1976 VW T2 van resto.

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PostPosted: Tue Jul 23, 2019 10:10 am
Here is a project I'm working on for a few years now.
It is my first restoration job, and I have to say it was not a good idea to start with such a vehicle.
Lot's of big flat panels and being a utilitarian van, it got a rough life. It has been welded at several places more to hide the rust than repairing it, I have sanded through several paint jobs. It was first white, most than likely it was a cop van, then skin-colored thick stuff that clogged papers like crazy, followed by a Sage Green layer to end with a peppermint and white roller like finish job and a DIY nasty camper interior.
I start to work in my grandparent's barn, I'm lucky to have this place, having no experience at all, bought an half-decent MIG welder, and start cutting hoping for the best.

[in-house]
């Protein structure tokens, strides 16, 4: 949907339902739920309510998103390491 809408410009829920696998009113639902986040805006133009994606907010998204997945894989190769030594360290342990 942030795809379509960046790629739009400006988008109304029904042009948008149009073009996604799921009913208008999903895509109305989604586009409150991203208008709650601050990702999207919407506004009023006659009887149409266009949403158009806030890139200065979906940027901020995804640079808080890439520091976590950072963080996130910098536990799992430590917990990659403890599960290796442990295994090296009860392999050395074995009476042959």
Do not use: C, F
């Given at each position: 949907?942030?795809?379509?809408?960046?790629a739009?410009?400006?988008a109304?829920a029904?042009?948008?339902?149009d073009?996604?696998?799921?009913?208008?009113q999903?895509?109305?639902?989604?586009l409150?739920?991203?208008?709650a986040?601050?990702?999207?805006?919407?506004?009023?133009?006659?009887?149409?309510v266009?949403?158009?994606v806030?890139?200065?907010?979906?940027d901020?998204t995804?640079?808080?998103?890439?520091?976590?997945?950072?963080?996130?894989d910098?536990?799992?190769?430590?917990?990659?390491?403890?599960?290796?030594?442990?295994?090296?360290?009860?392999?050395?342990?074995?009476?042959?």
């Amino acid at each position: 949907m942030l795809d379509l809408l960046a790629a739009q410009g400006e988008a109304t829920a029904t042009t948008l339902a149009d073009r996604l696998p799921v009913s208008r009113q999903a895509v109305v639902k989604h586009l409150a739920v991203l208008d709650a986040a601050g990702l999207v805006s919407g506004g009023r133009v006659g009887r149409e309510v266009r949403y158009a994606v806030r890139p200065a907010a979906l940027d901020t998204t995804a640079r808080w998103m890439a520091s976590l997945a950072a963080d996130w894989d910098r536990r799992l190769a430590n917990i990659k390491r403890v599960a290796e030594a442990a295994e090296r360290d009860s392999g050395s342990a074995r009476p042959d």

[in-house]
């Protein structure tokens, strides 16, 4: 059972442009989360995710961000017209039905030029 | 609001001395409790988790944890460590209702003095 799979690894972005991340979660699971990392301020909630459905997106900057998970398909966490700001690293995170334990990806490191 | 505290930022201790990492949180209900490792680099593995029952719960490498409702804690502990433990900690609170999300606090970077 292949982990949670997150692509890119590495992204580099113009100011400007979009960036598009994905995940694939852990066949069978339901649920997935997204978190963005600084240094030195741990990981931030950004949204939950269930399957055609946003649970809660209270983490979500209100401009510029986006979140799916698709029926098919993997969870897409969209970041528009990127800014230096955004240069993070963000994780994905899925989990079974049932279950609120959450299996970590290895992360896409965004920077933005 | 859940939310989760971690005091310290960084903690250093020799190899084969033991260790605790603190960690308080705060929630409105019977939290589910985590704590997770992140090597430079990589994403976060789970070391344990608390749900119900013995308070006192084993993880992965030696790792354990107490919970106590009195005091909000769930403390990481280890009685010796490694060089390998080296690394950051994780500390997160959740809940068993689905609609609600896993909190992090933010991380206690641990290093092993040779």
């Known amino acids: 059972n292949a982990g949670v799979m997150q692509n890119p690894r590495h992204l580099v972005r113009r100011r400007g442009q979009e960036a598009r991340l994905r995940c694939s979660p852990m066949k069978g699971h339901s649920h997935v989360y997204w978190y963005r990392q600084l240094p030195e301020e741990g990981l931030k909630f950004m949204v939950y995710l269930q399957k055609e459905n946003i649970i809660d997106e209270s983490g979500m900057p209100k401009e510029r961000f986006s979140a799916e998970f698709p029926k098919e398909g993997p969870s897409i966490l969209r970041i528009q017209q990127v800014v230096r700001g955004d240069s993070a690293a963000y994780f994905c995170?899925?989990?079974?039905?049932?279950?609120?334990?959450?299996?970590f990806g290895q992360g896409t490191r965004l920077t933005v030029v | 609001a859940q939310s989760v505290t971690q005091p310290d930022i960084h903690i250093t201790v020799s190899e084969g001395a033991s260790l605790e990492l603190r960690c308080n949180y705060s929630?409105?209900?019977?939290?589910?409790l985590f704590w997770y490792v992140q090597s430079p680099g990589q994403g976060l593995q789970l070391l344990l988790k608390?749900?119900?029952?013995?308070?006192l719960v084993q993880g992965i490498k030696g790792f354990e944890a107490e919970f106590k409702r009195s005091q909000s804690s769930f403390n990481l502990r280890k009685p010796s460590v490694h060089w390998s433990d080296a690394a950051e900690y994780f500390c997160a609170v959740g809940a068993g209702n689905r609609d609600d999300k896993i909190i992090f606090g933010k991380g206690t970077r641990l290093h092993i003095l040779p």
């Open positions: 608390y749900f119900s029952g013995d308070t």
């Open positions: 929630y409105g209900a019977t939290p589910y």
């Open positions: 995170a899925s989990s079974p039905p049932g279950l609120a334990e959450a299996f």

It was a steep learning curve, with lots of trials and errors. I redid some works 2 of 3 times to achieve a good result. My in-laws being Ford dealer (I start the van before meeting my girlfriend, I maybe should have finished it before starting a relationship :rotfl: ), I asked if I could have some bits of help from their bodyworkers and trailer it to their Bodyshop. Well, I think they were scared to get started into this mess and it doesn't evolve a lot when sitting there. I finally decide to get it back home. Luckily, at this point, a friend of mine step in as he saw I was being demotivated, frustrated and ready to put that thing on fire... I'm not someone who asks for help, but it was more than needed at this point. He is a very good bodyworker, mechanics, welder and already have experience dealing with classic cars.